Thursday, September 16, 2010
The Roots of Romanticism at last makes available in printed form Isaiah Berlin's most celebrated lecture series, the Mellon Lectures, delivered in Washington in 1965. Combining the freshness and immediacy of the spoken word with Berlin's inimitable eloquence and wit, the lectures are the record of a bravura intellectual performance - of one of the century's most influential philosophers dissecting and assessing a movement that changed the course of history.
Persuasive Discourse and Disciplinary in the Human Sciences. This collection of essays by distinguished international scholars from various disciplines addresses the widespread and growing interest in the nature and function of rhetoric, and in the rhetorical analysis of such human sciences as psychology, political science, economics, medicine and philosophy.
The essays use literary theory and philosophical analysis to reveal the persuasive strategies and the nature of argument in human science disciplines. Some explore the history science discipline. some explore the history of rhetorical theory and practice, while others show how rhetoric has constituted knowledge in particular disciplines of the human sciences. Taken together they work to elucidate the concept of 'disciplinarity', thus contributing to the emerging critique of this form of modern knowledge-production and the conditions, such as boundary work and field constitution that make it possible.The book may be situated with the new studies that show how disciplines have been constructed, legitimated, and institutionalised and, in particular, with those focusing on the material, social and rhetorical practices that have produced disciplinary knowledges and disciplines themselves. While the disciplines often present their knowledges as purely objective, their knowledges as purely objective,their knowledges are, as the book shows, only available in rhetorical from. Rhetoric is thus not merely a medium through which knowledge is communicated of but rather that which is constitutive of knowledge itself.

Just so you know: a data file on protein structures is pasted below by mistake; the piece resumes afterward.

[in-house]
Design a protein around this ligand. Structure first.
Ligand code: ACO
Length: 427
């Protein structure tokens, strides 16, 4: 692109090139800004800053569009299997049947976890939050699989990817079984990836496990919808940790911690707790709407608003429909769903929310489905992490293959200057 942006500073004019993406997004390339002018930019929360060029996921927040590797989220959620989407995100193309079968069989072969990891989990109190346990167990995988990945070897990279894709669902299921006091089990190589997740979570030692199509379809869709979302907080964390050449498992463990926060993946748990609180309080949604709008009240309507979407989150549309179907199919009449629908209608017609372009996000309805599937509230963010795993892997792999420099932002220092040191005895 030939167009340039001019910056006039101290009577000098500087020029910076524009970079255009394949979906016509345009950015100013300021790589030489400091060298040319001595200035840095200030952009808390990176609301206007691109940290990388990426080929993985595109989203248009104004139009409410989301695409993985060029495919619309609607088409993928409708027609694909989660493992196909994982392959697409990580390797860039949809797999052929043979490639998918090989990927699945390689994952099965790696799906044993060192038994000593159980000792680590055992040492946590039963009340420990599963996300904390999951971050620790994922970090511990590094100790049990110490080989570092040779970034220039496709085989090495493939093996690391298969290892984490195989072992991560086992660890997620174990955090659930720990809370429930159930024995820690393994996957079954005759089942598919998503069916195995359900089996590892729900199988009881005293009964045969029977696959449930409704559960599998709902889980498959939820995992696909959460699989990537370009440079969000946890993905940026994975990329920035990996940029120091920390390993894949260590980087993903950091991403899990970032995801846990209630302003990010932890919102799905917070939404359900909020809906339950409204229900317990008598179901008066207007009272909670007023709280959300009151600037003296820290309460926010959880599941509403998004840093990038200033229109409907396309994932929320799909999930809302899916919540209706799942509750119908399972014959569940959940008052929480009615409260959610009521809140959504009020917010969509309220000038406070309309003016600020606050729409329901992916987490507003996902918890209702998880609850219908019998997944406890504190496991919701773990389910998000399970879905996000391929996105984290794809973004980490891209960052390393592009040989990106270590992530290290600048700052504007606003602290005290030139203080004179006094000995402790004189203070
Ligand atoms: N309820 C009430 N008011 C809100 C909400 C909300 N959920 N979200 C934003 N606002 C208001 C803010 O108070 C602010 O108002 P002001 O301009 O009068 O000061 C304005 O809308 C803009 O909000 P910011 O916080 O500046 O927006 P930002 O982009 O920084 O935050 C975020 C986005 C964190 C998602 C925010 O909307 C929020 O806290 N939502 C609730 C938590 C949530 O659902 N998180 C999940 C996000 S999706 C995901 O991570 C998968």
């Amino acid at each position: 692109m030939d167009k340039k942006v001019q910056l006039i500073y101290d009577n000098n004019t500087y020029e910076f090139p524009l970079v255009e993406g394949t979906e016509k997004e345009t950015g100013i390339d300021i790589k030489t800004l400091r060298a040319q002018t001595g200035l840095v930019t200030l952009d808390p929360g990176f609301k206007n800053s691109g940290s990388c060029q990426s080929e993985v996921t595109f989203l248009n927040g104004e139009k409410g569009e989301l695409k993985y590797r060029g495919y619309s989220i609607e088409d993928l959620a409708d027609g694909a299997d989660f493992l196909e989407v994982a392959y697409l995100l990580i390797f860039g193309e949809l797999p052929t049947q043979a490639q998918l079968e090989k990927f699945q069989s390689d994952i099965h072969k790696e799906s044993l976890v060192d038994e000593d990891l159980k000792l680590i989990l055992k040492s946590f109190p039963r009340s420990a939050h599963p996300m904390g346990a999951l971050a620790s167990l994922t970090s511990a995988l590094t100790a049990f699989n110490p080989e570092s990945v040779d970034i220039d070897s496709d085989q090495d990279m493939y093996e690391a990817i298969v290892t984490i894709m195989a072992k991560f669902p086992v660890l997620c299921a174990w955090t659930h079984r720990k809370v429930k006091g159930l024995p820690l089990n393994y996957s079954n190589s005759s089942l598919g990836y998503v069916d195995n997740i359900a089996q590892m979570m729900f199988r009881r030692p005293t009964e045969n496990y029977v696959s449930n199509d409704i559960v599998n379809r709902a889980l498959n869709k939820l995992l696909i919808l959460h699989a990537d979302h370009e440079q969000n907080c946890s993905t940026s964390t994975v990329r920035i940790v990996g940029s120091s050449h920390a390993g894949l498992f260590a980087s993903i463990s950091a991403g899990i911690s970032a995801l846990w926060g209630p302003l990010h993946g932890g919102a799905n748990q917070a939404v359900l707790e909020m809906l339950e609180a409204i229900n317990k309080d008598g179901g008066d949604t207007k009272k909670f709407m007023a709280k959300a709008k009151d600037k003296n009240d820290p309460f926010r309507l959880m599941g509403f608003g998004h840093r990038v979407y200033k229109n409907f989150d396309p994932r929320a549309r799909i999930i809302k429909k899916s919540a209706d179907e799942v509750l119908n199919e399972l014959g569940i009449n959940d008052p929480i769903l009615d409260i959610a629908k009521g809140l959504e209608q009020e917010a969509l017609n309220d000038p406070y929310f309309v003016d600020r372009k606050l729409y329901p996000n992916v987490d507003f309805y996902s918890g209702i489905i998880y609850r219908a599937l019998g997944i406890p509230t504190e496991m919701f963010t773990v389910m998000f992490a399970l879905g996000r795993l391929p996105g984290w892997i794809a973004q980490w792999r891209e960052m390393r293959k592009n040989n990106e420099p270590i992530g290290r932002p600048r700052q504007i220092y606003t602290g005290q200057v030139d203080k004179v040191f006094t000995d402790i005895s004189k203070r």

Speculation, Cult, and Comedy. This book is a defense of speculative philosophy in the wake of Hegel. In a number of wide-ranging, meditative essays, Desmond deals with criticism of speculative thought in post-Hegelian thinking. He covers the interpretation of Hegelian speculation in terms of the metataxological notion of being and the concept of philosophy that Desmond has developed in two previous works, Philosophy and Its Others, and Desire, Dialectic, and Otherness. Though Hegel is Desmond's primary interlocutor, there are references to Aristophanes, Socrates, Plato, Augustine, Aquinas, Descartes, Kant, Marx, Kierkegaard, Nietzsche, Heidegger, Levinas, and Derrida. Desmond is concerned with the limits of philosophy. The themes of the essays include speculation and representation, evil and dialectic, logos and the comedy of failure.
Walter Kufmann's classic edition of the Basic Writings of Nietzsche includes complete texts of five major works that profoundly influenced modern literature and thought.
The Birth of Tragedy is one of the most important studies of tragedy written. It exploded the nineteenth-century conception of Greek culture and sounded themes developed by twentieth-century philosophers, psychoanalysts and novelists.
Beyond Good and Evil provides a comprehensive idea of Nietzsche's thought and style, presented more clearly than in Thus Spake Zarathustra, which was written a year earlier. " This one of the great books of the earlier. " This is one of the great books of the nineteenth century," writes Kaufmann," indeed of any century."
On the genealogy of Morals is Nietzsche's major work on ethics.
The case of Wagner was written after Nietzsche's break with "the only great genuis whom he ever knew intimately." It was one of his last books, and his wittiest.
Ecce Homo is Nietzsche's beautifully written, passionate analysis of his life and work.Included also are seventy-five aphorisms, selections from Nietzsche's correspondence about The Case of Wagner, and variants from drafts for Ecce Homo. Professor Kaufmann made new translations for this volume and furnished footnote commentaries, introductions, and indexes.